Fiverr Launches Freelance Marketplace Just for Political Gigs

Jobs range from copy-editing campaign materials to speechwriting

The freelance website Fiverr hopes to democratize the ad-making process. - Credit by Fiverr
Headshot of Sara Jerde

As political ad spending is projected to reach record-breaking heights during the 2020 political season, a new website for freelancers is creating a marketplace for campaign-related tasks.

Fiverr, a platform that connects freelancers with projects, is opening what it’s calling a “politics store” with specific jobs related to running a campaign, from copy-editing campaign materials to creating banner ads and speechwriting. It’s an effort to democratize the process, according to Brent Messenger, vice president of public policy and community at Fiverr.

“Small campaigns have never had access to the kinds of tools that big campaigns have,” Messenger said. “The most potentially game-changing thing here is that a campaign that runs on a shoestring budget can actually have all the same types of assets that a major campaign can have.”

Political ad spending among presidential candidates is expected to reach nearly $10 billion, according to the most recent estimate from GroupM.

Fiverr’s intention is to work for every candidate, from the smallest local races to White House hopefuls. The platform already offers services across eight verticals, including graphic design and digital marketing, and claims to have facilitated over 50 million transactions among freelancers in more than 160 countries.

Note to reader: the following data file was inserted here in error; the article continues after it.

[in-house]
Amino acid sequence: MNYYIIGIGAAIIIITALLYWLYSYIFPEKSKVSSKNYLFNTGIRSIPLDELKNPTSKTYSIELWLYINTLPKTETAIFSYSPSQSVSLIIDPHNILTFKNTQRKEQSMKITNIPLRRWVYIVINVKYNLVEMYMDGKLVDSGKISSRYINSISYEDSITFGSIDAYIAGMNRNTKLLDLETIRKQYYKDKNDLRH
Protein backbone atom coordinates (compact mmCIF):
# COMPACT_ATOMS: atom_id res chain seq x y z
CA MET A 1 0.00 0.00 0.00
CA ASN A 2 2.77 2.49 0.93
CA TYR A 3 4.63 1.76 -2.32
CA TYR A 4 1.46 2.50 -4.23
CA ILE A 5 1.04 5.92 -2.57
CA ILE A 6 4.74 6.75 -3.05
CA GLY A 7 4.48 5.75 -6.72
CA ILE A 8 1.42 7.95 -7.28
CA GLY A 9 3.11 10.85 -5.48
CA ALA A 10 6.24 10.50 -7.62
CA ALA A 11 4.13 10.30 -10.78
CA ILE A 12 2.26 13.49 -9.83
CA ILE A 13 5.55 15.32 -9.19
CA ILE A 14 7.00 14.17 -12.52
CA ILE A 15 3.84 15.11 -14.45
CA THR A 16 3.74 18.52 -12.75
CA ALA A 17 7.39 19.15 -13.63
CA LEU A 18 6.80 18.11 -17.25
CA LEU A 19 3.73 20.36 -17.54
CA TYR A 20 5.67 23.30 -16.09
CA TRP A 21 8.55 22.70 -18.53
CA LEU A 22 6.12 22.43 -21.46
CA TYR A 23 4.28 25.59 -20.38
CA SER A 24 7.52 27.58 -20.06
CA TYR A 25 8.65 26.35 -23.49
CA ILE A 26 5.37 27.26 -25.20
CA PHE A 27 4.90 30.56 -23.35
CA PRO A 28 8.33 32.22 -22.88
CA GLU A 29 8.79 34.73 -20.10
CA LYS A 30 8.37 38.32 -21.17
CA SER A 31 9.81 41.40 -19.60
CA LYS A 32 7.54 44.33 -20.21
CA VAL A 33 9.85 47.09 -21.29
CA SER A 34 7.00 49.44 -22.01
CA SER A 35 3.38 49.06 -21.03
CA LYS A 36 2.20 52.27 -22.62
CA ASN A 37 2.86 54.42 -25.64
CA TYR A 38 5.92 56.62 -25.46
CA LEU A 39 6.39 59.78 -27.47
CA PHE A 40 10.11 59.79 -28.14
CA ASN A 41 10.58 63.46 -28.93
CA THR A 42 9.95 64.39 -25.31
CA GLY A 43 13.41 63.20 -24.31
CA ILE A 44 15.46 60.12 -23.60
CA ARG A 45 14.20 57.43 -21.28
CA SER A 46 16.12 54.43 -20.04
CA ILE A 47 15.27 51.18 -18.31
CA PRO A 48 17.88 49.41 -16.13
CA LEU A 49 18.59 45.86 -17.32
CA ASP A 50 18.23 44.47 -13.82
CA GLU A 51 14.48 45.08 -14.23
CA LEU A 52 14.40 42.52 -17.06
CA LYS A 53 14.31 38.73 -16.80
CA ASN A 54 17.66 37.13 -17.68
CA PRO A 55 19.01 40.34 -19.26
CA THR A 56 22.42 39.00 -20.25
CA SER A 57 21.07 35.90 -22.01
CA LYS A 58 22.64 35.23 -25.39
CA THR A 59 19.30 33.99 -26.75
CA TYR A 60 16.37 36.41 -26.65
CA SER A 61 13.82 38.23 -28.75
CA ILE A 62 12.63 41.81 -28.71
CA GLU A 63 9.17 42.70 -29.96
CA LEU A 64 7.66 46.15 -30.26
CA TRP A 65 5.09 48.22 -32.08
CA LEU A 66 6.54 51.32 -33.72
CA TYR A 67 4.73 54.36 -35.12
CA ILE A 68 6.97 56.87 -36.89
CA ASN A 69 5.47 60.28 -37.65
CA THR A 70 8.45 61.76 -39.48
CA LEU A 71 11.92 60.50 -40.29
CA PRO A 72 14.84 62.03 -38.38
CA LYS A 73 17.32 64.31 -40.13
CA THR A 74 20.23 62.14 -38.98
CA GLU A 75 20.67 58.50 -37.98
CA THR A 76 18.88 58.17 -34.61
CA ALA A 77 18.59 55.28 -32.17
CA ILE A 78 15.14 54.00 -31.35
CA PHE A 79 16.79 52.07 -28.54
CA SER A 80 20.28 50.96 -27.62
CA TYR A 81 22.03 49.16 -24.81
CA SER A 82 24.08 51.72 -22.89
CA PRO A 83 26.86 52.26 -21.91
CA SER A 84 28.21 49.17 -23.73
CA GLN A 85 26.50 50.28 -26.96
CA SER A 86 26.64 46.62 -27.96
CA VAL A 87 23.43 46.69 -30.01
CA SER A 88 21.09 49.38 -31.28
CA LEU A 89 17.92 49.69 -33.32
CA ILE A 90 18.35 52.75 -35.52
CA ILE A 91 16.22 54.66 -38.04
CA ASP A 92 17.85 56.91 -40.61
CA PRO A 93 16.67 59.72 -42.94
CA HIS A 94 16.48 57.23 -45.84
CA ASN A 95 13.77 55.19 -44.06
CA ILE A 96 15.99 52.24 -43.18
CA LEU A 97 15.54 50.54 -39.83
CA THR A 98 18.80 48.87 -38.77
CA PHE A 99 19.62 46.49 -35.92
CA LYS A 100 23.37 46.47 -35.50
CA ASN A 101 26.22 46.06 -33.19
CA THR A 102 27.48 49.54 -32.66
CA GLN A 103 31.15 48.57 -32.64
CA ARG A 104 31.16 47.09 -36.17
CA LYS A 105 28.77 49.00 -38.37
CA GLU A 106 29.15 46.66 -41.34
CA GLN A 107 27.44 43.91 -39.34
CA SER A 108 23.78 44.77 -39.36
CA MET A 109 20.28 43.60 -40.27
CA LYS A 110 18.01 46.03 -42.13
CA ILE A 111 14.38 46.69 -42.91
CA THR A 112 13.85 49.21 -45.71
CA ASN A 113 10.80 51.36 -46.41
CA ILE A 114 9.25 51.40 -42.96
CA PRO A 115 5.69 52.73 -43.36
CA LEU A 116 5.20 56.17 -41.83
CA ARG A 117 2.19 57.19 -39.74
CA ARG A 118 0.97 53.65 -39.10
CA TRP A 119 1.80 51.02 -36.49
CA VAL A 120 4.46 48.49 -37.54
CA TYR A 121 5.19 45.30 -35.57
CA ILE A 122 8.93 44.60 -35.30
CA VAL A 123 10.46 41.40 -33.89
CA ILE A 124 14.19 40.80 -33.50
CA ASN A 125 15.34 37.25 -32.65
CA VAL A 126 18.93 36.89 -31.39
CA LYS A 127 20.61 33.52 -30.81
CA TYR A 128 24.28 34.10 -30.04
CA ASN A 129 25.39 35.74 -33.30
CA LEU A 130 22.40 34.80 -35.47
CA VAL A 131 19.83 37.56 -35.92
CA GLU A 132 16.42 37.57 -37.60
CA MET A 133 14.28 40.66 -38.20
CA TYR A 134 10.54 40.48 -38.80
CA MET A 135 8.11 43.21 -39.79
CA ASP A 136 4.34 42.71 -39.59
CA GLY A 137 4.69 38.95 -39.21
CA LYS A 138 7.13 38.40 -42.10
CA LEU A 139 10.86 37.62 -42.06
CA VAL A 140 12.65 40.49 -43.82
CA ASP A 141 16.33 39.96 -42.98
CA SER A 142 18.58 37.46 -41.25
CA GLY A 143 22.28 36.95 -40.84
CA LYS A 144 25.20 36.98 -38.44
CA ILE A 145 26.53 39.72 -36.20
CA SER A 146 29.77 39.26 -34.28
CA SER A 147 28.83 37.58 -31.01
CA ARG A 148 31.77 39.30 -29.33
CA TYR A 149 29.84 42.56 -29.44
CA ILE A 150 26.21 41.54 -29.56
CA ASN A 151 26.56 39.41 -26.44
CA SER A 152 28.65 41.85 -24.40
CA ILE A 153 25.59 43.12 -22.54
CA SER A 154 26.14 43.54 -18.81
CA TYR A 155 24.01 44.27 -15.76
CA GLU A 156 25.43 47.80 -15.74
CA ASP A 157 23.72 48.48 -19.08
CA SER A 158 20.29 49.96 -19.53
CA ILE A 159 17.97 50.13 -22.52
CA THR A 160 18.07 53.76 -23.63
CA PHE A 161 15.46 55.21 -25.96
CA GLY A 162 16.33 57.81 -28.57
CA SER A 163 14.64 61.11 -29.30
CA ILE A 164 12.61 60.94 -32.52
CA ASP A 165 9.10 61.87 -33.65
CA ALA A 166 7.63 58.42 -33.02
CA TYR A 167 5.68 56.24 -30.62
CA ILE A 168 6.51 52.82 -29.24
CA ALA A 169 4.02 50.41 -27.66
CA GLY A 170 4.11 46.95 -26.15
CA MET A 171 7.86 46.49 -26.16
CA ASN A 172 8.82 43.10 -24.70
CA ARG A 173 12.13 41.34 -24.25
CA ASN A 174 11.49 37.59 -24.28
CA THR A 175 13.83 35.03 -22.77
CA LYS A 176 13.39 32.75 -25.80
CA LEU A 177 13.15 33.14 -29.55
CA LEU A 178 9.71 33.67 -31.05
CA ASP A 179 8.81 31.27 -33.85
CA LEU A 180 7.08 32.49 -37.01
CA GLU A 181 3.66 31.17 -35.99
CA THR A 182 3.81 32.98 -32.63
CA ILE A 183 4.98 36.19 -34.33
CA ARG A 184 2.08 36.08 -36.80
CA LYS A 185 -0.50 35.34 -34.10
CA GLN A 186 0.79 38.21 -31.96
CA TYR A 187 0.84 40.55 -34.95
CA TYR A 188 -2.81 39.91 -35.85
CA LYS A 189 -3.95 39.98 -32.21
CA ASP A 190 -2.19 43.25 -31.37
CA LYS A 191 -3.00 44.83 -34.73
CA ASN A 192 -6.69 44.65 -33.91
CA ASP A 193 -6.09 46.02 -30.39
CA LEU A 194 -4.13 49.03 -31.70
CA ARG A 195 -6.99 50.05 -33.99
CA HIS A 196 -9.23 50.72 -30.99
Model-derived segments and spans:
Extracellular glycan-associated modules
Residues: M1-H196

Michael Ceraso, co-founder of Winning Margins, a company that works with Democratic political candidates, has used Fiverr in his own campaign work. Ceraso was also previously the New Hampshire state director for Democratic presidential candidate Pete Buttigieg’s 2020 campaign and served as California state director for Vermont Sen. Bernie Sanders’ 2016 presidential bid.

“The big focus for me is how impactful it’s going to help down-ballot candidates, especially if they’re from areas and communities that can’t raise a ton of money,” Ceraso said. “I think Fiverr makes it extremely affordable for them to be able to do more and to be able to reach the audiences that they want to reach.”


@SaraJerde sara.jerde@adweek.com Sara Jerde is publishing editor at Adweek, where she covers traditional and digital publishers’ business models. She also oversees political coverage ahead of the 2020 election.
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